هسته گردشگری میراث فرهنگی
|کد مقاله||سال انتشار||مقاله انگلیسی||ترجمه فارسی||تعداد کلمات|
|146||2003||17 صفحه PDF||سفارش دهید||محاسبه نشده|
Publisher : Elsevier - Science Direct (الزویر - ساینس دایرکت)
Journal : Annals of Tourism Research, Volume 30, Issue 1, January 2003, Pages 238–254
The paper challenges the idea that heritage tourism is simply represented by tourists at heritage attractions and suggests rather that perceptions more properly lie at its core. Relationships among four groups of variables (personal characteristics, site attributes, awareness, perceptions) and behavior (before, during, and after) are investigated. The results indicate that the perception of a place as part of personal heritage is associated with the visitation patterns. In particular those who view a place as bound up with their own heritage are likely to behave significantly differently from others. Understanding this is useful for the study of tourists’ behavior and for the management of sites.
This paper investigates the links between tourists and the heritage presented at destinations, in order to understand better what is termed heritage tourism. The research draws upon a bigger study, which investigated a number of locations. This paper deals with one of these, with the specific purpose of investigating whether the relationship between the tourists and their perceptions is linked to their visitation patterns. It argues that the understanding and management of heritage tourism as a social phenomenon should not be based solely on an arbitrary factor: the presence of tourists. It is suggested that elements more subjective in nature and relating to the actual relationship between the space and the individual lie at the core of this phenomenon. The research presented challenges the perception that all those who visit a place come only to “gaze”, be educated or to enjoy themselves. For some, it is argued this is an emotional experience, that people come to “feel” rather than to “gaze” (Urry 1990).
نتیجه گیری انگلیسی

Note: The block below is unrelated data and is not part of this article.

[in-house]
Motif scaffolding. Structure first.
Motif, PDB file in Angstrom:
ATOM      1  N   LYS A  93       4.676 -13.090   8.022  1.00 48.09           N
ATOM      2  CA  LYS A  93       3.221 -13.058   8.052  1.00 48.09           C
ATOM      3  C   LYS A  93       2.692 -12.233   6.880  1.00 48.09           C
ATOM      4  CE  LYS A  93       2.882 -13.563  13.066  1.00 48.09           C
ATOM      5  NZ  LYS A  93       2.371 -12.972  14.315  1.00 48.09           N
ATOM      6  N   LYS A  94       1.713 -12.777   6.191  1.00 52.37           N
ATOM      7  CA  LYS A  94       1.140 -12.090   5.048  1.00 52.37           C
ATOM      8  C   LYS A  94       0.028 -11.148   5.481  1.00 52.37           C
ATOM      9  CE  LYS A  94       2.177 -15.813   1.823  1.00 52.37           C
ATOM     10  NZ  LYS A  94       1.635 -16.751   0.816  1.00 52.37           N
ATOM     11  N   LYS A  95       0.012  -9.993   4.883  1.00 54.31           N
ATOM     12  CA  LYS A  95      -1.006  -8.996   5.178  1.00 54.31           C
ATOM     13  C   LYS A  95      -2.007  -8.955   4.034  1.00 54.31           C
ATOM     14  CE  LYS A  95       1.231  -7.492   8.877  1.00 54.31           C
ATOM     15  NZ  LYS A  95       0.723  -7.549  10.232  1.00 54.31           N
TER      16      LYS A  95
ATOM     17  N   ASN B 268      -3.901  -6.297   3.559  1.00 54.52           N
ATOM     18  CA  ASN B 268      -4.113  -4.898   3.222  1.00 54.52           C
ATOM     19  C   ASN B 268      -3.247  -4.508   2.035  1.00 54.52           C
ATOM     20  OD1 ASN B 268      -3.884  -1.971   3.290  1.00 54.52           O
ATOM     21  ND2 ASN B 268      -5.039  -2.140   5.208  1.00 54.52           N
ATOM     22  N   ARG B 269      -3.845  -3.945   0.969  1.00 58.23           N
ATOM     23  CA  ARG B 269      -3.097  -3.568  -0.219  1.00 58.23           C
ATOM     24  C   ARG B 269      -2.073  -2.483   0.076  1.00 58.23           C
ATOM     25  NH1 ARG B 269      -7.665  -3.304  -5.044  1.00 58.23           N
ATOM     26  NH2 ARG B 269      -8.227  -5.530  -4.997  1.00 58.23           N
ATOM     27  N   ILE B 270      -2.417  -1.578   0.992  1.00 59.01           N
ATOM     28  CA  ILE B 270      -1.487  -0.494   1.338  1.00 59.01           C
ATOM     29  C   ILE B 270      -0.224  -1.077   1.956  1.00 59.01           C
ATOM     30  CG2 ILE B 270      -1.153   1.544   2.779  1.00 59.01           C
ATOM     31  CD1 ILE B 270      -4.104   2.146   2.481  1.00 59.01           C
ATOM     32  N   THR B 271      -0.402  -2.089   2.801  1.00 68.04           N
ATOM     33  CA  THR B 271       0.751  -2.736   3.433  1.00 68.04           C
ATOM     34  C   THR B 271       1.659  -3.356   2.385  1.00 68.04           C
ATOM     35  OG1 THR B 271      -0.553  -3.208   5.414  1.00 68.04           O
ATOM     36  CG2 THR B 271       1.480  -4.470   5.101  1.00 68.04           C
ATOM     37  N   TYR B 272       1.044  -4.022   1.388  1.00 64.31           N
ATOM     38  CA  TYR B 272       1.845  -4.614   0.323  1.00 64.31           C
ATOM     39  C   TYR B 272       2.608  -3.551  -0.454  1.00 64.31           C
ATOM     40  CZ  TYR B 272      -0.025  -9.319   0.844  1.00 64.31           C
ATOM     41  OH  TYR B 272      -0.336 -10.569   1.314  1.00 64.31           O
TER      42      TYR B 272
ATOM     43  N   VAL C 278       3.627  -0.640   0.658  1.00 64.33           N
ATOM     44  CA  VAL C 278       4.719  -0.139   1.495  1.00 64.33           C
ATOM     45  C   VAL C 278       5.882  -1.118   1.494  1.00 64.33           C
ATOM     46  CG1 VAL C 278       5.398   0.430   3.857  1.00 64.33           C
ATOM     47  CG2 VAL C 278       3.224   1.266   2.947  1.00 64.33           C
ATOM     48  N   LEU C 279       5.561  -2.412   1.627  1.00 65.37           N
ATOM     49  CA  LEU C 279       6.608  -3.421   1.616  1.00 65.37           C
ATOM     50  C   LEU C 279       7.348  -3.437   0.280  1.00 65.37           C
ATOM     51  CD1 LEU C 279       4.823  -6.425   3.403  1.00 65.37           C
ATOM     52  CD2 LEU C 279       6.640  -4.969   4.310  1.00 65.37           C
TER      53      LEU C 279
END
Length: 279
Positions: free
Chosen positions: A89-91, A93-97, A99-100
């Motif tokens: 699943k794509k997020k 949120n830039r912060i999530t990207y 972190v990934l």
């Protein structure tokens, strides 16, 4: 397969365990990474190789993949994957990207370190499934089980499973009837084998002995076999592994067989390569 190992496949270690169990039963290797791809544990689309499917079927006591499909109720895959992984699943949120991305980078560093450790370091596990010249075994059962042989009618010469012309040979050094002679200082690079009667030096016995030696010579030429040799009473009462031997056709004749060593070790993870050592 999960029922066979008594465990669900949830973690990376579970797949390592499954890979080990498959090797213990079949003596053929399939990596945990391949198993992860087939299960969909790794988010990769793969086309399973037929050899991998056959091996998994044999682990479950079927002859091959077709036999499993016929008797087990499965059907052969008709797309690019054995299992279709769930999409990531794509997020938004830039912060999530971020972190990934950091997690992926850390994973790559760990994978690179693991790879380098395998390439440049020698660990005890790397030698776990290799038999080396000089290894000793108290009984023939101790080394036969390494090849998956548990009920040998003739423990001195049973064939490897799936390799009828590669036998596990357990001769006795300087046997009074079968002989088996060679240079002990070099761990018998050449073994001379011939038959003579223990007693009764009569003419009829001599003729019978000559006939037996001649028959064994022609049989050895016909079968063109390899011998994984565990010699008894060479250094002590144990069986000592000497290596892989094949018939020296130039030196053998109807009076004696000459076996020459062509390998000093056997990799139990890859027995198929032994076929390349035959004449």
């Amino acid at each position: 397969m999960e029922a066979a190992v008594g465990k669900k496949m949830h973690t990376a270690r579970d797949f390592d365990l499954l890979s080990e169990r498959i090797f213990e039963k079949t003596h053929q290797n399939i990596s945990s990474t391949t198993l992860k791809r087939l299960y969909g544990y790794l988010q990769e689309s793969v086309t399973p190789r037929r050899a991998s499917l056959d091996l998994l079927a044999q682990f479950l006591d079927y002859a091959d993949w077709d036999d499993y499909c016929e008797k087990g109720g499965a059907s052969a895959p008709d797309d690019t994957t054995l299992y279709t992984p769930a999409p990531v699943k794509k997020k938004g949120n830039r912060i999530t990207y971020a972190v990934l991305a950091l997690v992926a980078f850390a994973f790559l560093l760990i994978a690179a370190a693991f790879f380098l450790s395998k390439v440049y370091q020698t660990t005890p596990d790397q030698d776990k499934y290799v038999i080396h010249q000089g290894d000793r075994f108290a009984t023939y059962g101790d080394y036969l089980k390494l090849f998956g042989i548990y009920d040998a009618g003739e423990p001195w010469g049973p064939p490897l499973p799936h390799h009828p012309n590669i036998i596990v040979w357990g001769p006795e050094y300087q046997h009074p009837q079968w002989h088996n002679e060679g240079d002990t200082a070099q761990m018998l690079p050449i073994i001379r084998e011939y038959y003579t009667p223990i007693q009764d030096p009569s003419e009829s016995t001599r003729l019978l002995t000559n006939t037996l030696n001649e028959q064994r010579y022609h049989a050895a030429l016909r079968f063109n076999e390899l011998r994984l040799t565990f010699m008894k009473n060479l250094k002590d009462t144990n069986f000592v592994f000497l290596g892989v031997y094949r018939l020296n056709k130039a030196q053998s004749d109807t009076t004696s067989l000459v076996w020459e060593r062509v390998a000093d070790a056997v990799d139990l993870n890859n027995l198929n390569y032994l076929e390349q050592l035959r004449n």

The results of this study indicate clearly that motivations, (potential) behavior, and perceptions are all linked to perceptions of the site. These relationships are at the core of this research. It is suggested that those who perceive a site as a part of their personal heritage are the basis of the phenomenon called heritage tourism, and they are distinguished from others by their behavior. It follows that “heritage tourism” as explored here should not include those who are visiting a place “just because it is there”, nor those who are primarily motivated by a wish to learn. Based on this study such tourism is not simply being in spaces which are declared by “experts” or other stakeholders to be “heritage sites”. Instead, it is suggested that a definition of this type of tourism can be: “a subgroup, in which the main motivation for visiting is based on the characteristics of the place according to the tourists’ perception of their own heritage”. This contrasts with the existing approach of “tourism centered on what we have inherited, which can mean anything from historic buildings, to art works, to beautiful scenery” (Yale 1997:32). The differences between the two definitions are presented in Figure 1. The existing approach includes all who visit (Group I, II, III, IV). The approach in this research is to include only those in group IV. Although this reduces the scale, it leads to a better understanding (Poria, Butler and Airey 2001a), by helping researchers to differentiate between this and other groups. It also minimizes the line of thought that heritage tourism “can be rather a heterogeneous phenomenon” (Balcar and Pearce 1996:211) and prevents the rather haphazard classification of things and elements as “heritage” because people are not quite sure exactly what this title covers (Glen 1991). At this stage it is important to emphasize that, although this study identified differences among those visiting, it is not argued that any of the groups have or do not have their own valid needs and expectations. Further, no attempt is made to suggest that an attraction can be a “satisfying tourism experience only to tourists who consider it to be part of their own heritage” (Garrod and Fyall 2001:1051). Nevertheless, it is argued that such groups may be different in various ways, and those who manage sites could usefully be aware that there are differences between heritage tourists and tourists at heritage places. It is important to understand that environments in which heritage is presented are places which “function not only to draw tourists…from those wishing to experience the past, but also to provide a setting for entertainment, relaxation, or shopping” (Waitt 2000:836). For some, such an attraction is actually a space to which they relate on a personal level and this differentiates them from others who come to “gaze”. This study supports the literature which suggests that understanding behavior must include understanding the relationship between individuals and the artifact or space (Boniface and Fowler, 1993 and Timothy, 1997). The principal conclusion of the research is that heritage tourism stems from the relationship between the supply and the demand. It is not so much the attributes themselves, but the perceptions of them which is critical. As in all research, this study has a number of limitations. Prominent among these is the limited number of locations used. An attempt to deal with this was made by ensuring a diversity of tourists, but it is recognized that a future study could improve this by including a greater diversity of sites. Other potential limitations are associated with the actual location of the survey. The fieldwork in this case was carried out in a place strongly associated with the Holy Books and the Jewish faith. As a result, this study was related to religion. It can be argued that this limitation could apply in many other circumstances. For example, if the sites investigated were in England, the heritage explored would most likely be related to a particular type of tourist and associated with a sense of Englishness. One way to overcome this limitation would be to select a wider range from more than one country. In order to confirm the main findings and to provide a better basis for generalization, it would have been useful to test this approach in different kinds of locations. Examples could be “global must see” attractions that present historic features (such as the Acropolis, the Pyramids, and the Great Wall of China). Some perceive them as part of their heritage, some as historic sites with a high level of awareness of their history, while others may have a low level of awareness of their historic attributes. Findings from such research could sharpen the understanding of the relationship presented here. The study supports the idea that visitation patterns have to do with participants’ personal characteristics, their views, and the meanings they attach to different spaces. This suggests that a reflection about the tourists’ characteristics could be made in reverse. Research could be conducted on the level of the individual and the level of societies, and could involve, for example, identifying groups and changes over time by investigating behavior patterns. A possible area to conduct such research could be a former conflict zone. For example, one could examine whether Turks who go to Turkish-Greek conflict areas (such as Cyprus) have different attitudes towards this history from those who do not do so. More research is also in order about the perceptions of the experience (Poria, Butler and Airey 2002). This research found that some people who perceived a site as part of their own background were motivated by a feeling of obligation. It may be useful to explore whether or not they identify themselves as tourists despite this sense of obligation. In such a situation, the question is whether they view this as a tourist experience. This may clarify whether they are participating in a social obligation rather than a leisure experience. The research contributes to the tourism literature by suggesting that some subgroups could be reconsidered and challenged based on the relationships between perceptions and behavior (Poria et al 2001b). This suggests that other named subgroups may not exist as unique and separate. For example, is there a real substantial difference between mountain tourism (East 1996), rural tourism (Kastenholz, Duane and Gordon 1999), or farm tourism (Clarke 1999)? This study argues that there should be a strong theoretical background for establishing sub groups, rather than just the presence of people in certain spaces, involvement in a certain activity, or common sociodemographic characteristics (Poria et al 2001b). Such classifications may be useful for marketing purposes; but, at the same time, they may lead to confusion in the theoretical understanding by highlighting relationships that may not be at the core of the behavior. Investigating and attempting to clarify such subgroups would lead to a better understanding. This also supports the line of thought that the clarification of their experience should be “‘grounded’ in the realities that tourists themselves describe” (Prentice, Witt and Hamer 1996:2). The exploration as presented here can be helpful for the management of places. As suggested, these have different meanings for different people. Understanding the tourists’ profiles in relation to what is presented should lead to better management (Poria et al 2001a). The recognition and the identification of these differences can lead to managers making changes to the marketing process, the pricing system, and the interpretation provided (Poria, 2001b and Poria, 2001c). Marketing research (Kotler et al., 1999 and Teo and Yeoh, 1995) suggests that these differences should have implications for the marketing process in general and for advertising in particular. As suggested in the present study, differences in perceptions in relation to personal heritage were linked to motivation. Hence those responsible for such places need to be aware of two markets: those who come to see historic artifacts to be educated or for enjoyment (well-known motivations for visiting, Crang 1996), and those who come to be emotionally involved in an experience. This information could have implications in advertising, especially if the relationship between tourists and that which is wanted is associated with personal characteristics. For example, brochures are commonly available in different languages, but the context is the same in each translation. In certain attractions, there may be a place for providing different interpretations linked to perceptions and expectations. In summary, this research contributes in three important ways to the body of theory. First, it suggests a new working definition for possible use by other researchers, emphasizing the relationships between perception of a site and its heritage attributes. Second, it argues that there are differences between tourists based upon their perceptions and that these lead to differences in behavior. Third, the research identifies the obligatory nature of some tourism. This makes a contribution to the theoretical background in that it provides a distinction between the individual’s view of their experience as a recreation/non-recreation activity conducted in a leisure/non-leisure time frame. This may prove to be helpful to the development of theory and relationships with disciplines such as leisure, recreation, geography, and psychology.